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Developing Programs

Though colleges and universities are accredited by large institutions both regionally and nationally, they often have very different methods for developing programs, approving courses (new and change of delivery format), and for assessment.  Sadly, there is a very large portion of them that have yet to get a handle on building assessment into program design so that it makes sense, so that it is more than just something they do when they come up for accreditation, so that it is something that helps determine what courses will fit into a specific program, and how best to change course content when there is a change in delivery format (e.g. online).

Programs should have at their core a stated list of objectives:  the knowledge, skills, and attitudes students will demonstrate they possess upon graduation.  These objectives need to built into the program design.  The design needs to articulate where the objective will be assessed and on what level of achievement: introductory, intermediate, and advanced.  If this is in place, then it is easy to determine and justify what courses will fit best into the program, as well as what things need to be looked at when there is a change of format.

I’d like to look at this last item first, because it is very often overlooked.  If a program includes an objective that a student will have skill in a certain application program, and that objective is assessed (or taught) in a particular course, then when that course has a change in instructional format, it needs someone to insure that particular objective will still be met.  In the case of a course that is put partially or wholly online, that would mean insuring the student will still have access to that particular application program even if they are not on campus.

To facilitate this, I suggest that programs first begin with their list of objectives, and then these objectives be cross referenced in a table that outlines the program and where they will be assessed (and taught).  (Please see an example below):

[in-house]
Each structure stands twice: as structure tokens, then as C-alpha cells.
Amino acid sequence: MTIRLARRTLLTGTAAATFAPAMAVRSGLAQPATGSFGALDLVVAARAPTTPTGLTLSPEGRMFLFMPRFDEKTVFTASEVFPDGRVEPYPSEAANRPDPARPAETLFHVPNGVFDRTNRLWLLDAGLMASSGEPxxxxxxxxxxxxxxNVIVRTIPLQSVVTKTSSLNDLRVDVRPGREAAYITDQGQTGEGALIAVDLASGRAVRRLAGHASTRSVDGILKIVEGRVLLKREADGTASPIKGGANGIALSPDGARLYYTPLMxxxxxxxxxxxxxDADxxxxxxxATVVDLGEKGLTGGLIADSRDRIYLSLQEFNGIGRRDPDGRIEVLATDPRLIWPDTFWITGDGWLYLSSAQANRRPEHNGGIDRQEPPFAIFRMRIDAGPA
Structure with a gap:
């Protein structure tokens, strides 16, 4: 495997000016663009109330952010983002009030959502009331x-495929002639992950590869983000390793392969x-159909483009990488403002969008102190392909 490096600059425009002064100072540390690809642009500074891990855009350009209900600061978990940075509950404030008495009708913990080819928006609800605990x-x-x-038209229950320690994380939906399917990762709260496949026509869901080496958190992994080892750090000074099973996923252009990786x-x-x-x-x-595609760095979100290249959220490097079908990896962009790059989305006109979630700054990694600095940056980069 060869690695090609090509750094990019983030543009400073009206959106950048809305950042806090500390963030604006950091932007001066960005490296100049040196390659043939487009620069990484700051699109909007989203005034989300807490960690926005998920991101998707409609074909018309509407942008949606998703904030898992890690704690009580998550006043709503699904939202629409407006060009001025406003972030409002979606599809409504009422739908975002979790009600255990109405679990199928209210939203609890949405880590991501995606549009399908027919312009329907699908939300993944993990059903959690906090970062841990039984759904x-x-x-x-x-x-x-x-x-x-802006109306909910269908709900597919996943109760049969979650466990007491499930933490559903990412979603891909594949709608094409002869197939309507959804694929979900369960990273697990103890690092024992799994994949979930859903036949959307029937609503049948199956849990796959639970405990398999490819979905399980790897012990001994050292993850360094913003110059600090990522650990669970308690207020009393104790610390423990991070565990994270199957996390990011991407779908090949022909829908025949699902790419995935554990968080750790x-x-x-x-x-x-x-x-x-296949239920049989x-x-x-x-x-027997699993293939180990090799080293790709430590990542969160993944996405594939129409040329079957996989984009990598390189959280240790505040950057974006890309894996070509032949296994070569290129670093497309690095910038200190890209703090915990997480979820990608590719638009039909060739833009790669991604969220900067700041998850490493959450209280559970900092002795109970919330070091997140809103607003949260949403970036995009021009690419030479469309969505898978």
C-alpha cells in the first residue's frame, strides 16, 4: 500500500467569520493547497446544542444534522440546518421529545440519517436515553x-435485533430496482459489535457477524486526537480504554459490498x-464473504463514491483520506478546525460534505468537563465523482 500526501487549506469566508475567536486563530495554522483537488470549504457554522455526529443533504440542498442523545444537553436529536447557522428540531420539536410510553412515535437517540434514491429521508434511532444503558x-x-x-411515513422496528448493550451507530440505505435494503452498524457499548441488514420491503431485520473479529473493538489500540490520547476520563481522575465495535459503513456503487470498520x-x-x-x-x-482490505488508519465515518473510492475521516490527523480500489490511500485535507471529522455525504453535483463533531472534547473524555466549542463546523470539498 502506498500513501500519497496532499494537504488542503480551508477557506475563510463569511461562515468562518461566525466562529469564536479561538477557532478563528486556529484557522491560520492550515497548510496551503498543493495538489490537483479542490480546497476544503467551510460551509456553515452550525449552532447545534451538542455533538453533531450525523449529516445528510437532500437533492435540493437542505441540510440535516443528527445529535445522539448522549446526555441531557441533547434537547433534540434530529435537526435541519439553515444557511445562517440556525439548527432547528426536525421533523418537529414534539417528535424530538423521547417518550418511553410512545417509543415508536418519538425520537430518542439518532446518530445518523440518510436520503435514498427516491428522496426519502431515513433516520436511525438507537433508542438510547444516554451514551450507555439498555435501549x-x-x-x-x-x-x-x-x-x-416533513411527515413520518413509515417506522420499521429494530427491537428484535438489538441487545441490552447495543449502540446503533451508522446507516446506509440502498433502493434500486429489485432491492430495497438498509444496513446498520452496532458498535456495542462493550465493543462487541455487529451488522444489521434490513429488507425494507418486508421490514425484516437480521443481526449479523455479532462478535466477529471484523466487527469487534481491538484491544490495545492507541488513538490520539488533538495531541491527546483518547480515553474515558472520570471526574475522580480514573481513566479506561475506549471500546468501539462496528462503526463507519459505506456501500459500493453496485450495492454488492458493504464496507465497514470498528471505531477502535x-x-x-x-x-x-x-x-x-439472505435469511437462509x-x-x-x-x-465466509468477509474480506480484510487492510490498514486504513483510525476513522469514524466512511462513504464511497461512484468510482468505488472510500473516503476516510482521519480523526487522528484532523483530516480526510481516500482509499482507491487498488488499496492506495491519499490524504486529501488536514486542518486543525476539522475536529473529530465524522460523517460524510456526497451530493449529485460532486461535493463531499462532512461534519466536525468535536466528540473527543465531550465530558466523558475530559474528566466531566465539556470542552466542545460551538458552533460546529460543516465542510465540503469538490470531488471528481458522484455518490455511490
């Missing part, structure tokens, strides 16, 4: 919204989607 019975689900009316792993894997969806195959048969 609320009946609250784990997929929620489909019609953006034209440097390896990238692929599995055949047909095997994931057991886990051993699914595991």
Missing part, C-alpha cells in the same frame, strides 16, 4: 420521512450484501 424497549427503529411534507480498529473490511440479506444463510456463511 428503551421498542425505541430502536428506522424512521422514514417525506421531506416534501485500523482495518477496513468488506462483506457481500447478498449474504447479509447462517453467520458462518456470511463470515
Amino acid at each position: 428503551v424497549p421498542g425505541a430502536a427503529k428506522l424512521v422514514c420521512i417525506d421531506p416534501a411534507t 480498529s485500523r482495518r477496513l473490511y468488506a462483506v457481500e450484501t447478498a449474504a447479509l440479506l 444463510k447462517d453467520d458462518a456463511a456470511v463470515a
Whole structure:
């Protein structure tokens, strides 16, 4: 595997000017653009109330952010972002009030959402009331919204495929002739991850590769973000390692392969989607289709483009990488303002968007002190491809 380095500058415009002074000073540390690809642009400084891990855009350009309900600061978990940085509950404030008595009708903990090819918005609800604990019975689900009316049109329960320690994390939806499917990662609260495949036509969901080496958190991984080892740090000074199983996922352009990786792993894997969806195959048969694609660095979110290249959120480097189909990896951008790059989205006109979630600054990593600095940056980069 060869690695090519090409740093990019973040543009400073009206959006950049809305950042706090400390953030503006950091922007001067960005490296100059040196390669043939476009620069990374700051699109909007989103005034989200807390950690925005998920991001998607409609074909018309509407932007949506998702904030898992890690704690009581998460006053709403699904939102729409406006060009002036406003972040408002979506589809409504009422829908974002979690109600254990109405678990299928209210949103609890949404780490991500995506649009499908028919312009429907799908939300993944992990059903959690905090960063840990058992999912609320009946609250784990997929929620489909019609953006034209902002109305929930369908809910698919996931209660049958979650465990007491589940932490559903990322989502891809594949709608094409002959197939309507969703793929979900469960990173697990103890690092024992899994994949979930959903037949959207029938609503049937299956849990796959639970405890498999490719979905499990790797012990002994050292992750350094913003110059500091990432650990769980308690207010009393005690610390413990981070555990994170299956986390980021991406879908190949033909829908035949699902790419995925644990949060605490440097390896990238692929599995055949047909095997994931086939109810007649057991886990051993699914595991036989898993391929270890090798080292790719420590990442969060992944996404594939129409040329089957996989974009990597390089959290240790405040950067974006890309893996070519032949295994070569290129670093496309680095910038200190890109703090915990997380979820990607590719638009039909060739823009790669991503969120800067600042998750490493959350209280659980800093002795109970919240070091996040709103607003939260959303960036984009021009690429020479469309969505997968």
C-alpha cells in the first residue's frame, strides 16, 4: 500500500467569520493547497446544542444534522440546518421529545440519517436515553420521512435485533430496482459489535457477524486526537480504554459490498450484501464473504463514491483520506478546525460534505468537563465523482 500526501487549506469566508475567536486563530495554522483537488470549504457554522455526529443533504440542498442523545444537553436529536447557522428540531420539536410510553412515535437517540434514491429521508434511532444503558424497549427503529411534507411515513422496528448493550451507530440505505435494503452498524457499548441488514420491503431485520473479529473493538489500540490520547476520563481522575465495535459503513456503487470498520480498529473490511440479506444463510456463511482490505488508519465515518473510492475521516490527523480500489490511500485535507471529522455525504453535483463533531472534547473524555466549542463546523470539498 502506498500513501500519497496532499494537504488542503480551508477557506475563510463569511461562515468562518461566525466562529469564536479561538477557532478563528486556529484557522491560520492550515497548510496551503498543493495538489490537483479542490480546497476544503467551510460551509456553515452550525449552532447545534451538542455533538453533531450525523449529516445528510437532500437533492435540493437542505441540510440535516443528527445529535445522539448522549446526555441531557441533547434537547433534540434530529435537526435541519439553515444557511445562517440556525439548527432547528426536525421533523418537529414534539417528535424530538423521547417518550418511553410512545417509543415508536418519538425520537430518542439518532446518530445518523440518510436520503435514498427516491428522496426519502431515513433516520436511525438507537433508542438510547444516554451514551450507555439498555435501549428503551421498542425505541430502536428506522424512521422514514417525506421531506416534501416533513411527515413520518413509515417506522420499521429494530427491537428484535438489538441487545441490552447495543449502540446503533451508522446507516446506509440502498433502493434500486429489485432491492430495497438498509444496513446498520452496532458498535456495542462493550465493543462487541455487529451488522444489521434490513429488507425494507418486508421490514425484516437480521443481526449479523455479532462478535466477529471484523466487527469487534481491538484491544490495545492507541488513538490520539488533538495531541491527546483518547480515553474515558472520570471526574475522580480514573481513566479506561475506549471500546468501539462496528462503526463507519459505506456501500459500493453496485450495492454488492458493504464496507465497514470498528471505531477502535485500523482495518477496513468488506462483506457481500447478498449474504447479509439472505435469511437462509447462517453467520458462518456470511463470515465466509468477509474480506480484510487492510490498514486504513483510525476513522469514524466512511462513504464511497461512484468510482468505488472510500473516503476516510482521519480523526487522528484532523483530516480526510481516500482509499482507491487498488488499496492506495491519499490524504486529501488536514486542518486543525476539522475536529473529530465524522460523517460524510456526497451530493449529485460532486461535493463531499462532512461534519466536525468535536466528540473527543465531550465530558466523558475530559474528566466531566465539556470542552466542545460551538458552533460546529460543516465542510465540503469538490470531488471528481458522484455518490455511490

Knowledge Objectives:

1.o Auctor tempus elit.
1.1 Dolor urna.
1.2 Arcu vestibulum gravida.
1.3 Amet in, massa donec lacus, enim assumenda.
1.3.a Nibh viverra massa.
1.3.b Tincidunt sit.
1.4 Lacinia dui.
1.5 Enim voluptatum.

2.0 Tincidunt nam nunc, tempus ultrices.
2.1 Auctor ipsum enim, eget feugiat eu, iusto nec cursus.
2.2 Arcu in sem.
2.3 Sed amet, ut ullam.
2.4 Nunc posuere, eros posuere.
2.5 Lobortis auctor, suspendisse sagittis.

3.0 At mauris duis, donec viverra.
3.1 Nunc leo elit, nec lacus, dolor tempor lectus.
3.2 Gravida pellentesque, turpis tincidunt quis, lacus eros in.
3.3 Nullam urna.

Freshman Sophomore Junior Senior
Course X101

obj: 1.0, 2.0

Course X201

obj 1.0 (adv)

Course X301

obj 3.3 (int)

Course X401

obj 2.4 (adv)

Course Y101

obj: 1.2, 2.3

Course Y201

obj: 1.5 (int)

Course Y301

obj 2.1

Course Y401

obj: 3.1

Course En101 Course En201

obj 2.5, 1.3

Course TTd301

obj 2.2, 3.0

Course Spec401
Course R101

obj 2.0, 3.0

Course Pt201 Course Ex301 Course Ist401

That’s you all over

Bits and pieces

There’s a scene in The Wizard of Oz where the Wicked Witch sends her monkeys to tear the Scarecrow apart, leaving pieces of him strewn in the field.  The Tin Man and the Lion arrive after the fact.  When the Scarecrow explains what happened, the Tin Man humorously remarks “Well, that’s you all over…”  This is what I think of when I hear people talk about having students use Web 2.0 tools to create ePortfolios for their classes. I can understand the desire and even the pedagogy behind instructing students on the building of an ePortfolio, but what happens is that after 4 years, there are pieces of the student all over the web, and there is actually less hope of putting those pieces back into one body, than there was of putting the Scarecrow back together.